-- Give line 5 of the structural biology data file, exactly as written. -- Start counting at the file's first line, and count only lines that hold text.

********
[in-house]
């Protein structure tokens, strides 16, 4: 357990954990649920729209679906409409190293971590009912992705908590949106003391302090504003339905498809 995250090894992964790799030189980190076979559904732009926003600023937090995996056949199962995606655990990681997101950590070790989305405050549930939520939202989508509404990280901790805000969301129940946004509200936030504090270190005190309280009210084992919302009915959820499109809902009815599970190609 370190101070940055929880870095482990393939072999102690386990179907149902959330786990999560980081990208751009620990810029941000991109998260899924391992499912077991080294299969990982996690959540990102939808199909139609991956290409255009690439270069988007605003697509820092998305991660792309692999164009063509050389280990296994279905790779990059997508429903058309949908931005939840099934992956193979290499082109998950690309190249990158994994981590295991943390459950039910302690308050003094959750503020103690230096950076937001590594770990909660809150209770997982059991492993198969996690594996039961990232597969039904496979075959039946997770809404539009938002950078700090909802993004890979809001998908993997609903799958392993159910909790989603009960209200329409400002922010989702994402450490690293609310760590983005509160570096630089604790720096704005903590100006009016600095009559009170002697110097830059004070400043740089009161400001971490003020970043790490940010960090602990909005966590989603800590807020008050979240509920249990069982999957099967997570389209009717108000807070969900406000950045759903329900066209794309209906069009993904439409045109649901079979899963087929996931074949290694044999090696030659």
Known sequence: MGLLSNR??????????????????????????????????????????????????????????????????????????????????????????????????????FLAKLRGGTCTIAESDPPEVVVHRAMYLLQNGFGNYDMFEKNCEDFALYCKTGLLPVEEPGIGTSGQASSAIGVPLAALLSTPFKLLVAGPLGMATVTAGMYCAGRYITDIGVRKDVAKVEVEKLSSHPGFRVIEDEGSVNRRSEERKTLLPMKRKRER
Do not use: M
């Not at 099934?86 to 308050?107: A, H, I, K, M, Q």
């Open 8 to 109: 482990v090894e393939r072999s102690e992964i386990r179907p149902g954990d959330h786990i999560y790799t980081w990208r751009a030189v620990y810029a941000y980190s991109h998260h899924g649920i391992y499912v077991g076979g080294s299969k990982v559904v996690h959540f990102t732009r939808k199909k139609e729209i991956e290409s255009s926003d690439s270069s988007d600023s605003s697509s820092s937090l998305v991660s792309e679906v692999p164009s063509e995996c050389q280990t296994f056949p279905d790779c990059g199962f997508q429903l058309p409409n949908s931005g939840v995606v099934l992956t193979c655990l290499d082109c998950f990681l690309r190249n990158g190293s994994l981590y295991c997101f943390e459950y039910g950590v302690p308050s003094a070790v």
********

């Not at 099934?86 to 308050?107: A, H, I, K, M, Q």